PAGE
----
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U.S., EU slam Russia with more sanctions for stoking Ukraine unrest

July 29, 2014 at 6:09 PM EDT

JUDY WOODRUFF: As the violence escalates in Ukraine and international frustrations mount over separatists’ control of the Malaysia airline crash site, the U.S. and Europe stepped up their response to Russia today in a bid to force Moscow to pull back its support of the rebels.

Hours after the European Union announced its greatly expanded sector-wide sanctions, the president deepened U.S. penalties against Russia and its economy.

PRESIDENT BARACK OBAMA: If Russia continues on its current path, the costs on Russia will continue to grow. And today is a reminder that the United States means what it says.

Now, Russia’s actions in Ukraine and the sanctions that we have already imposed have made a weak Russian economy even weaker. Foreign investors already are increasingly staying away. Even before our actions today, nearly $100 billion in capital was expected to flee Russia.

Russia’s energy, financial and defense sectors are feeling the pain. Projections for Russian economic growth are down to near zero. The major sanctions we’re announcing today will continue to ratchet up the pressure on Russia, including the cronies and companies that are supporting Russia’s illegal actions in Ukraine.

JUDY WOODRUFF: The E.U. mirrored U.S. sanctions against the banking, defense and energy sectors in Russia.

Yesterday, Russia’s foreign minister, Sergei Lavrov, was defiant in advance of the E.U. move:

SERGEI LAVROV, Foreign Minister, Russia (through interpreter): I can reassure you, we will overcome the difficulties that will arise in certain parts of our economy. Maybe we will become more self-reliant and more self-confident.

JUDY WOODRUFF: But, today, Dutch Foreign Minister Frans Timmermans said Lavrov’s tough talk would hurt Moscow.

FRANS TIMMERMAN, Foreign Minister, The Netherlands (through interpreter): The consequence is that Russia chooses to isolate itself. And that’s not positive for Russia. My colleague Lavrov can say to the media, in that way, we will be more independent. But that is an independence that will lead to more poverty for the Russians.

JUDY WOODRUFF: The Dutch are also reeling from the crash nearly two weeks ago of the Malaysian airliner Flight 17 that originated in Amsterdam. More than 100 Dutch citizens out of almost 300 total died when a surface-to-air missile allegedly fired by pro-Russian separatists brought down the aircraft in Eastern Ukraine.

Investigators from the Organization for Security and Co-operation in Europe, or OSCE, said they were still working on getting to the crash site after being forced to turn back yesterday by heavy fighting in the area. The crash site is north of Donetsk, the rebel stronghold and regional capital of Ukraine’s east. It is now becoming a battleground, its leafy boulevards now empty, except for men with guns.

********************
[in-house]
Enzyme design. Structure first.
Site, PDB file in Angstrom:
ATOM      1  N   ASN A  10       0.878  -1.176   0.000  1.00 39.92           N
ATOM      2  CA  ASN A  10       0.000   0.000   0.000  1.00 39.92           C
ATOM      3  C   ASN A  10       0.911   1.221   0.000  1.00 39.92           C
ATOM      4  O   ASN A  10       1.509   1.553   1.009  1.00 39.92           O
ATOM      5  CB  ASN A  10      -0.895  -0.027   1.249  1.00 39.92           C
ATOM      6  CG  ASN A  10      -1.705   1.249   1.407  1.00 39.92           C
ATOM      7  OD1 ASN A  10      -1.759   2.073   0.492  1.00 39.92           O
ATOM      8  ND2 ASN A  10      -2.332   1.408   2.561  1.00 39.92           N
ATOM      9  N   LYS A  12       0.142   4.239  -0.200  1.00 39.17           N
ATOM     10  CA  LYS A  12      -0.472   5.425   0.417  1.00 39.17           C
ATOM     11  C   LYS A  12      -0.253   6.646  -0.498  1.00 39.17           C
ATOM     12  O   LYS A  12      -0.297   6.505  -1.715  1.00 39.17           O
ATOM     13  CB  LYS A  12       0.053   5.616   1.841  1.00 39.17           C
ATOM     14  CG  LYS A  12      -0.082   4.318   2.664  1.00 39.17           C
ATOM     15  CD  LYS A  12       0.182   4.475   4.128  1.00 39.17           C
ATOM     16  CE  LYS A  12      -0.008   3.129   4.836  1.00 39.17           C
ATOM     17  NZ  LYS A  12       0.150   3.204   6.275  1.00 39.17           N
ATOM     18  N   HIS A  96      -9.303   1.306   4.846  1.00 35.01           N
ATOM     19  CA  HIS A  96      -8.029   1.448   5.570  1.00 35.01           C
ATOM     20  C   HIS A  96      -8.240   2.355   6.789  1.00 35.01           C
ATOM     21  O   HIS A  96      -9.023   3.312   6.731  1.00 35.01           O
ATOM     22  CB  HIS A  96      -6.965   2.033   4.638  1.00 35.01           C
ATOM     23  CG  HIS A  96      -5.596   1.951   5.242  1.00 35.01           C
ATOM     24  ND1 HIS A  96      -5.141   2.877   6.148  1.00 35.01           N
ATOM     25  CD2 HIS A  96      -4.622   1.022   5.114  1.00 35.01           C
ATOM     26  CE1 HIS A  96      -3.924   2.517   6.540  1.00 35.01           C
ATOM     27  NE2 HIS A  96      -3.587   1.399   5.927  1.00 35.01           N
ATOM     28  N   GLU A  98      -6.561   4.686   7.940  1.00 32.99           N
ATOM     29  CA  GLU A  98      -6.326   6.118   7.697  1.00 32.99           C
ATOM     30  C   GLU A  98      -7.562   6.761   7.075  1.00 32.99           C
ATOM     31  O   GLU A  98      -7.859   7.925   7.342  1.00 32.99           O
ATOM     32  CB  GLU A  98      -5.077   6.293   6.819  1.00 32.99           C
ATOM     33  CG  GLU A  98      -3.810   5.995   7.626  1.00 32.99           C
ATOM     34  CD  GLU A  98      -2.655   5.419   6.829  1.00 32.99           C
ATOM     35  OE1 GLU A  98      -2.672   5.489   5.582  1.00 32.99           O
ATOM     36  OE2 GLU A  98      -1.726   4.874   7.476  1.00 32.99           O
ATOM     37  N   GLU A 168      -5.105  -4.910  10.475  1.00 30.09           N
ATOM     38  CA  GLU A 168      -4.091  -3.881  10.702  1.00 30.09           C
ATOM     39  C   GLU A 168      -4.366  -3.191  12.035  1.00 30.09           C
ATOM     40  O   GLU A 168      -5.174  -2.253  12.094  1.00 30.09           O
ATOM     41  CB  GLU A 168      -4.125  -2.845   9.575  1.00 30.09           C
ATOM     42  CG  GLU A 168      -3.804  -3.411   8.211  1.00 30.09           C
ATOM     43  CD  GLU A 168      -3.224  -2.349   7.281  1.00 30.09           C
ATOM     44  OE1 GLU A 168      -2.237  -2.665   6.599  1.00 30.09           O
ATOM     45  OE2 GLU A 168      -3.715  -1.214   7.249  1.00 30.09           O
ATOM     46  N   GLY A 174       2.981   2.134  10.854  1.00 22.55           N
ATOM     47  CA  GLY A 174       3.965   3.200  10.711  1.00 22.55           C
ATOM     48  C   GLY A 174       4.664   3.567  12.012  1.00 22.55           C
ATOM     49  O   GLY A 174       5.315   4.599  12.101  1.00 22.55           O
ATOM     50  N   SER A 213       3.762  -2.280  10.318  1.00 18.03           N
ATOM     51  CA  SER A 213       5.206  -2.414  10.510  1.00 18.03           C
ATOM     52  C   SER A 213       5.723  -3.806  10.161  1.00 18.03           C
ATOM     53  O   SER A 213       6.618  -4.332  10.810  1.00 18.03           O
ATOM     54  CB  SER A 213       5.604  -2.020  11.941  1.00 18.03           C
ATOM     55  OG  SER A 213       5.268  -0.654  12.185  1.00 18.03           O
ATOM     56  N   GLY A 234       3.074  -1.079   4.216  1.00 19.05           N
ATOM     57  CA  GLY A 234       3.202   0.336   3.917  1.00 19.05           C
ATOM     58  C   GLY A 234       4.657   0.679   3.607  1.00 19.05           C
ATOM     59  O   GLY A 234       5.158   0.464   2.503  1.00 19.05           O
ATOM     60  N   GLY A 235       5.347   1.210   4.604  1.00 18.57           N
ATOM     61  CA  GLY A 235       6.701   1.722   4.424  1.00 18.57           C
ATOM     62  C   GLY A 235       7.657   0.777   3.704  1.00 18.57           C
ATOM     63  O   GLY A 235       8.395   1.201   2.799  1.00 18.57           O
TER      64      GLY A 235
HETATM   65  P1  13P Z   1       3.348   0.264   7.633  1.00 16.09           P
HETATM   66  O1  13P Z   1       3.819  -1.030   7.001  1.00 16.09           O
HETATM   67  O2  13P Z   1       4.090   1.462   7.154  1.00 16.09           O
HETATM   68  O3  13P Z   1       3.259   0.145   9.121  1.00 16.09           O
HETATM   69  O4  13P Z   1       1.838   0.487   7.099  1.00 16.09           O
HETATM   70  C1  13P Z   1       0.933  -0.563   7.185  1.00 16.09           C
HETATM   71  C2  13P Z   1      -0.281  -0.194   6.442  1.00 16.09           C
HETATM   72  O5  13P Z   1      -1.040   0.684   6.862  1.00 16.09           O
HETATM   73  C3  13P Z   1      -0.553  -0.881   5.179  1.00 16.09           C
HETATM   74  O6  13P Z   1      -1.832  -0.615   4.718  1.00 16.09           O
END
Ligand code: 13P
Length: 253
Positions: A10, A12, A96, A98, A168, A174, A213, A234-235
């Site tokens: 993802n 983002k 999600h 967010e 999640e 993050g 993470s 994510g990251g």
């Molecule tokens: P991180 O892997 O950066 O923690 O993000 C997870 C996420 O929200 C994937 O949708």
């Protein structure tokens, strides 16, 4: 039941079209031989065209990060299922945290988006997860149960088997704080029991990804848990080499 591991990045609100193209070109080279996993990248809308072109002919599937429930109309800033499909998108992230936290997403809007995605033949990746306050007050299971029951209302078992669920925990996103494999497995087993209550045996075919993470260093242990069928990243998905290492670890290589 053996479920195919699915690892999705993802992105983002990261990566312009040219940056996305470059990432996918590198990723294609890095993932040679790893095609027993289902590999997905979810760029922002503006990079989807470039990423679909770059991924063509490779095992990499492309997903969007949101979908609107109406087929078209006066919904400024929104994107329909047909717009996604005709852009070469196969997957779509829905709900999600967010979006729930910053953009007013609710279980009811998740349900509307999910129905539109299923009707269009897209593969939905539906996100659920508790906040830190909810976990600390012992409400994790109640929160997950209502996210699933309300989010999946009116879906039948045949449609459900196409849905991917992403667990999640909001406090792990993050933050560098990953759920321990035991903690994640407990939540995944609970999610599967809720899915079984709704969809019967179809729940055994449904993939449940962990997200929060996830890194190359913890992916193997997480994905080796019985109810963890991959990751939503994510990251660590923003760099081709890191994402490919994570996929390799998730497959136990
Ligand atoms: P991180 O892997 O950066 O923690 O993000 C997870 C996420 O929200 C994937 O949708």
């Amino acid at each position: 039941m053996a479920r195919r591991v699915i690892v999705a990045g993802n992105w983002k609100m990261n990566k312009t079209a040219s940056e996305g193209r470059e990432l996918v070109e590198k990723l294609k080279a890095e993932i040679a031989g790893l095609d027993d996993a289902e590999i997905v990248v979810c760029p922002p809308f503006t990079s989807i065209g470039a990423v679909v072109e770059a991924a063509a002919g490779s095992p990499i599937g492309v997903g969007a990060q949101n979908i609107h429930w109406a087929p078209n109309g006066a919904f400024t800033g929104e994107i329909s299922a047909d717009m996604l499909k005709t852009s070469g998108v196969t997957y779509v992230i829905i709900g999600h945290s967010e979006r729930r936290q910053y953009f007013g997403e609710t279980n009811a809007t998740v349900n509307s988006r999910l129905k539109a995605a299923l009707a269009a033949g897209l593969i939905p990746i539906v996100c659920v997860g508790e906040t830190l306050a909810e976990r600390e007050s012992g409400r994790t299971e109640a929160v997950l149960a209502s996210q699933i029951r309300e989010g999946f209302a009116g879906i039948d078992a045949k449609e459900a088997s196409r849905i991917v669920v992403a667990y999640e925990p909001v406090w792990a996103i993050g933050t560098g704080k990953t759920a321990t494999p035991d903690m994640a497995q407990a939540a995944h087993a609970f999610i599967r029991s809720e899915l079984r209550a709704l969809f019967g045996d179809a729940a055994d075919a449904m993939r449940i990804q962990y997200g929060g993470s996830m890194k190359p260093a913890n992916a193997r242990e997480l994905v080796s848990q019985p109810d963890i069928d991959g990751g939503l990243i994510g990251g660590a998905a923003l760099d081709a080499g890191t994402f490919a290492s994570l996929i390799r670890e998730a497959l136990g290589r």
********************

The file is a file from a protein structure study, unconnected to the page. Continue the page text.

The shrouded, badly-mangled body of a man was loaded on to a stretcher outside a city center apartment block as shelling hit Donetsk. He was the husband of Lubov Skorikh. They had fled the ravaged city of Slavyansk for Donetsk.

LUBOV SKORIKH (through interpreter): I looked at him, and at first couldn’t understand who he was, but then I saw the shoes. They were his shoes. Do you understand, his shoes? My God, I have lived with him for 45 years.

JUDY WOODRUFF: A national security spokesman in Kiev said the battle for Donetsk was at hand.

ANDRIY LYSENKO, Spokesman, Ukraine National and Security Council (through interpreter): Ukrainian servicemen will recapture the city of Donetsk and will save infrastructure. But the primary goal is to save the lives of people who remain there, of civilians.

JUDY WOODRUFF: Fighting over the past day has killed dozens of civilians, pro-Russian separatists and Ukrainian troops. Yesterday, the rebels’ commander, Igor Strelkov, who was a former Russian military intelligence officer, gave his account of the pitched fighting.

IGOR STRELKOV, Military Commander, Donetsk People’s Republic (through interpreter): I will not estimate the outcome because not all operations are clear. I can say only this: The enemy is throwing everything they have into battle.

JUDY WOODRUFF: Russian support for Strelkov and other separatists is one of a raft of serious issues now plaguing U.S.-Russia relations. And, today, a new and serious grievance emerged. The U.S. now contends Russia has routinely violated a Reagan-era weapons treaty signed with the Soviet Union and governing intermediate nuclear forces.

The 1987 pact governed, in part, the deployment and flight-testing of ground-launched cruise missiles, which the Russians are alleged to have violated.